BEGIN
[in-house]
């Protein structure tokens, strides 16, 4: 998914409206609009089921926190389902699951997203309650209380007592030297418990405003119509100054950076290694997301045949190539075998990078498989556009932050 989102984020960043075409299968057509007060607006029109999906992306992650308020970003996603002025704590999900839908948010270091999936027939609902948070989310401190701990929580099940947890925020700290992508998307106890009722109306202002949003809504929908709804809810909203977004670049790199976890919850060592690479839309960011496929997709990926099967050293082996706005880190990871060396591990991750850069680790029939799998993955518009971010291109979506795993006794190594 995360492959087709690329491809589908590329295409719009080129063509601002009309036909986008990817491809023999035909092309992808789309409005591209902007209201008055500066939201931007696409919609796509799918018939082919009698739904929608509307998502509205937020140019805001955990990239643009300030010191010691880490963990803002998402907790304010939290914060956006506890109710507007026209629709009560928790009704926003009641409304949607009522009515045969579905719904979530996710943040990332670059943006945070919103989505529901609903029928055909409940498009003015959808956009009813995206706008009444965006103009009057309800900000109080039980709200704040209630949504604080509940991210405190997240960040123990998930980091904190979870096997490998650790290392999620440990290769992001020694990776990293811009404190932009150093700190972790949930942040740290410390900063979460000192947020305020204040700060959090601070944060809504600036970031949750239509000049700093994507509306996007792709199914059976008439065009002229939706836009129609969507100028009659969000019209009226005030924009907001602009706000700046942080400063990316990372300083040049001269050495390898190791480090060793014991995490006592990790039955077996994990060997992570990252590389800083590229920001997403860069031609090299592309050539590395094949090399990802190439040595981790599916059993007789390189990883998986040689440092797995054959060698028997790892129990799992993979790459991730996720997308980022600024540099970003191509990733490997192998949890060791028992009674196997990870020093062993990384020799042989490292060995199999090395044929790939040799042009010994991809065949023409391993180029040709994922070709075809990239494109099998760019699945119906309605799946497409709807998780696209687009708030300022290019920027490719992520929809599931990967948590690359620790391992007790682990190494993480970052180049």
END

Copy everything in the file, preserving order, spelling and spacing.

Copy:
[in-house]
């Protein structure tokens, strides 16, 4: 998914409206609009089921926190389902699951997203309650209380007592030297418990405003119509100054950076290694997301045949190539075998990078498989556009932050 989102984020960043075409299968057509007060607006029109999906992306992650308020970003996603002025704590999900839908948010270091999936027939609902948070989310401190701990929580099940947890925020700290992508998307106890009722109306202002949003809504929908709804809810909203977004670049790199976890919850060592690479839309960011496929997709990926099967050293082996706005880190990871060396591990991750850069680790029939799998993955518009971010291109979506795993006794190594 995360492959087709690329491809589908590329295409719009080129063509601002009309036909986008990817491809023999035909092309992808789309409005591209902007209201008055500066939201931007696409919609796509799918018939082919009698739904929608509307998502509205937020140019805001955990990239643009300030010191010691880490963990803002998402907790304010939290914060956006506890109710507007026209629709009560928790009704926003009641409304949607009522009515045969579905719904979530996710943040990332670059943006945070919103989505529901609903029928055909409940498009003015959808956009009813995206706008009444965006103009009057309800900000109080039980709200704040209630949504604080509940991210405190997240960040123990998930980091904190979870096997490998650790290392999620440990290769992001020694990776990293811009404190932009150093700190972790949930942040740290410390900063979460000192947020305020204040700060959090601070944060809504600036970031949750239509000049700093994507509306996007792709199914059976008439065009002229939706836009129609969507100028009659969000019209009226005030924009907001602009706000700046942080400063990316990372300083040049001269050495390898190791480090060793014991995490006592990790039955077996994990060997992570990252590389800083590229920001997403860069031609090299592309050539590395094949090399990802190439040595981790599916059993007789390189990883998986040689440092797995054959060698028997790892129990799992993979790459991730996720997308980022600024540099970003191509990733490997192998949890060791028992009674196997990870020093062993990384020799042989490292060995199999090395044929790939040799042009010994991809065949023409391993180029040709994922070709075809990239494109099998760019699945119906309605799946497409709807998780696209687009708030300022290019920027490719992520929809599931990967948590690359620790391992007790682990190494993480970052180049």